Ability Search maintains files, books and other records which contain information about candidates and clients not ascertainable by the general public. With respect to clients, such information includes names and telephone numbers of individuals within the company to contact, profiles of the types of candidates generally hired by a particular company, particular job listings and Ability Search's prior experience with the company. Information about candidates includes resumes, additional information concerning the candidates' characteristics and needs, a list of companies to which the candidate has been referred and the results of these referrals. While employed at Ability Search, Raz and Lawson had access to books, records, files and roladex systems which contained this information, with the exception of each other's private files.
It was the intention of the president of Ability Search, Eva June (June), that the offices of Ability Search operate in a very systematic fashion. This system was described to each consultant when she began work at Ability Search and was set forth in a training manual. The system for processing resumes at the New York office was as follows.
The administrative assistant or secretary opened the mail received by Ability Search and logged in resumes received from candidates. Resumes were assigned to a particular consultant according to an alphabetical system. If a resume appeared to have potential, the consultant circled on a "hot sheet" the clients to whom she wanted the resume sent. The "hot sheet" was a list of companies with which Ability Search did business. The consultant placed the resume and "hot sheet" in the secretary's file to be retyped, if necessary, and mailed in pre-addressed envelopes. All resumes were to be stamped with Ability Search's name.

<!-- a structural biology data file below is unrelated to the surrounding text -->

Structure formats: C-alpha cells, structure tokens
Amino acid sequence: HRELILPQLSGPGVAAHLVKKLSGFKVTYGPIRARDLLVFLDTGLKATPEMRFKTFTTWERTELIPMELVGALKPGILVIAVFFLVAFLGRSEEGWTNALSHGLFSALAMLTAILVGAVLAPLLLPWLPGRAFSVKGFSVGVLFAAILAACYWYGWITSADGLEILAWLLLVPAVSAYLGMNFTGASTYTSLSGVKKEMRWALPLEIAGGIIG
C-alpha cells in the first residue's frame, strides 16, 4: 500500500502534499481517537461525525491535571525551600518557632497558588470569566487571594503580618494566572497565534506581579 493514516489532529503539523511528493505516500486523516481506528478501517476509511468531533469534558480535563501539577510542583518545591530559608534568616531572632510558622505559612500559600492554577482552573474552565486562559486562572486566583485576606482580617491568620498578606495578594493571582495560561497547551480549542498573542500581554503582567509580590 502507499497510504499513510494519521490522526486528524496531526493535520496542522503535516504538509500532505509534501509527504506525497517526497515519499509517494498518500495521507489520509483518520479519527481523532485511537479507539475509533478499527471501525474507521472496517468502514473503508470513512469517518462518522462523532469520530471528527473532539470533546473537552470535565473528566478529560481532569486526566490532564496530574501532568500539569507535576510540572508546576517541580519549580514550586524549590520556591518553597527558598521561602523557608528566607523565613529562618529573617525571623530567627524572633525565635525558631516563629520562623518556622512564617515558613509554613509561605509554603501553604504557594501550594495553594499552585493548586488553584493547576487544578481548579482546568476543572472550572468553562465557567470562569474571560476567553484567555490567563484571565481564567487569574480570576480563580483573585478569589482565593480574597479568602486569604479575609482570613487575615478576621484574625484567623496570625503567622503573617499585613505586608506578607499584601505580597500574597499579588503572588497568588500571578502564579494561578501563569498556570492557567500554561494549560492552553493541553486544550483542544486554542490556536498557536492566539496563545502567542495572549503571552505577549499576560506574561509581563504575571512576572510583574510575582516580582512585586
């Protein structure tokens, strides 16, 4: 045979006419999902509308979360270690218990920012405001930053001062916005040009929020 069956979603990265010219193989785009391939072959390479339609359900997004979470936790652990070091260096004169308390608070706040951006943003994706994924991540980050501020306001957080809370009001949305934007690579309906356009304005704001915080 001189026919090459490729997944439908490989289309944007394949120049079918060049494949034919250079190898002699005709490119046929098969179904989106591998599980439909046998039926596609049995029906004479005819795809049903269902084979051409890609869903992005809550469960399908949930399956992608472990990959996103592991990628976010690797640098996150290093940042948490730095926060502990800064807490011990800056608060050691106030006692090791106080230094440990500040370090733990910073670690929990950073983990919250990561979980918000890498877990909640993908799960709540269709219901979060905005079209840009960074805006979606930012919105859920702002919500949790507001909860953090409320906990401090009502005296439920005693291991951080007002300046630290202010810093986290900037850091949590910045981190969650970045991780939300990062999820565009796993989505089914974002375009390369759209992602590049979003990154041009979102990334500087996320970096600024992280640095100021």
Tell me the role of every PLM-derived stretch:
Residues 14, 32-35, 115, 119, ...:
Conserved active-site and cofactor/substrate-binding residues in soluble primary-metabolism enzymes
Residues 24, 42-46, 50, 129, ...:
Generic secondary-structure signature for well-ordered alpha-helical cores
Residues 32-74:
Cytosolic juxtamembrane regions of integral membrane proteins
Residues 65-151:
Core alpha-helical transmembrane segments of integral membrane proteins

When a consultant learned of a new requirement for personnel in the operations research or managing sciences field, she was to write a "job order" with this information and add it to a book containing job orders. The "hot sheet" and pre-addressed envelopes were also updated as new information was received. Copies of all information, such as placements, job orders and resumes, were sent from the New York office to the Washington, D.C. office.
Raz and Lawson failed to follow the normal office procedure outlined above in a number of ways, particularly during the last three months of their employment at Ability Search. Both often mailed candidates' resumes to clients without the Ability Search stamp, and sometimes with no identification of Ability Search at all. Some resumes stated simply "Contact Rita Raz" or "Contact Carole Lawson," with Ability Search's telephone number below. Lawson also mailed to clients a few resumes with the words "Contact Carole Lawson" and her home telephone number which also rang at Ability Search's office. Raz placed an advertisement at Columbia University which stated that resumes should be sent to her at her home address. The ad included the Ability Search telephone number but did not mention Ability Search by name. Raz also advised some candidates to contact her at home.
Raz and Lawson mailed candidates' resumes to clients without the Ability Search stamp because, they testified, the stamp detracted from the attractiveness of the resume as submitted by the candidate. They also testified that identifying Ability Search was not necessary where the client had dealt with them in the past and that, in some cases, it might even make a client less likely to read the resume. The primary objective, according to Raz and ...